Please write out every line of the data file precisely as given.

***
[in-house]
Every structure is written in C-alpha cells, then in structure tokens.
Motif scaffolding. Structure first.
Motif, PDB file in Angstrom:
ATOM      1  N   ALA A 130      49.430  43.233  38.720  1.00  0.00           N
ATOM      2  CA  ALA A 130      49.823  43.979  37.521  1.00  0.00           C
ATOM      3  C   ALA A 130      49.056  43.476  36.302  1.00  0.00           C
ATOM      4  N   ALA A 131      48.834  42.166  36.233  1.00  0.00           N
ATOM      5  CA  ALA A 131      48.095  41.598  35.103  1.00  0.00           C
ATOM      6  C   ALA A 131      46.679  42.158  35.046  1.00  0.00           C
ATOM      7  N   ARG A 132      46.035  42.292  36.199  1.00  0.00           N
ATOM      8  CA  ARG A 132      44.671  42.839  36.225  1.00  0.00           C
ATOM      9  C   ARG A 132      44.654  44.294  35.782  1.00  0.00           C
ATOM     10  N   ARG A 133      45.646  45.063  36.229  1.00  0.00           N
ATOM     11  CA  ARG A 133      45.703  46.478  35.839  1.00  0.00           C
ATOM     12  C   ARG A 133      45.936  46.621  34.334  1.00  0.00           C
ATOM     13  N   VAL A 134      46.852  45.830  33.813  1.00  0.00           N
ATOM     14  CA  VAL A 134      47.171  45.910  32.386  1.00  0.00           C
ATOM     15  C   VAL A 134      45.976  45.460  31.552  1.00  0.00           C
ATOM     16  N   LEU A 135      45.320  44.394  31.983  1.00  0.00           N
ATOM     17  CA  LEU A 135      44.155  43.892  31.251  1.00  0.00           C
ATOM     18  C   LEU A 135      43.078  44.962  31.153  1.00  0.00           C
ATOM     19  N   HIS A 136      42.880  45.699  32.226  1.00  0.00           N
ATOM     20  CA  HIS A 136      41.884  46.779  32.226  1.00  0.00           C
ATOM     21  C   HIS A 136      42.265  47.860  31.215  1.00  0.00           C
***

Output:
[in-house]
Every structure is written in C-alpha cells, then in structure tokens.
Motif scaffolding. Structure first.
Motif, PDB file in Angstrom:
ATOM      1  N   ALA A 130      49.430  43.233  38.720  1.00  0.00           N
ATOM      2  CA  ALA A 130      49.823  43.979  37.521  1.00  0.00           C
ATOM      3  C   ALA A 130      49.056  43.476  36.302  1.00  0.00           C
ATOM      4  N   ALA A 131      48.834  42.166  36.233  1.00  0.00           N
ATOM      5  CA  ALA A 131      48.095  41.598  35.103  1.00  0.00           C
ATOM      6  C   ALA A 131      46.679  42.158  35.046  1.00  0.00           C
ATOM      7  N   ARG A 132      46.035  42.292  36.199  1.00  0.00           N
ATOM      8  CA  ARG A 132      44.671  42.839  36.225  1.00  0.00           C
ATOM      9  C   ARG A 132      44.654  44.294  35.782  1.00  0.00           C
ATOM     10  N   ARG A 133      45.646  45.063  36.229  1.00  0.00           N
ATOM     11  CA  ARG A 133      45.703  46.478  35.839  1.00  0.00           C
ATOM     12  C   ARG A 133      45.936  46.621  34.334  1.00  0.00           C
ATOM     13  N   VAL A 134      46.852  45.830  33.813  1.00  0.00           N
ATOM     14  CA  VAL A 134      47.171  45.910  32.386  1.00  0.00           C
ATOM     15  C   VAL A 134      45.976  45.460  31.552  1.00  0.00           C
ATOM     16  N   LEU A 135      45.320  44.394  31.983  1.00  0.00           N
ATOM     17  CA  LEU A 135      44.155  43.892  31.251  1.00  0.00           C
ATOM     18  C   LEU A 135      43.078  44.962  31.153  1.00  0.00           C
ATOM     19  N   HIS A 136      42.880  45.699  32.226  1.00  0.00           N
ATOM     20  CA  HIS A 136      41.884  46.779  32.226  1.00  0.00           C
ATOM     21  C   HIS A 136      42.265  47.860  31.215  1.00  0.00           C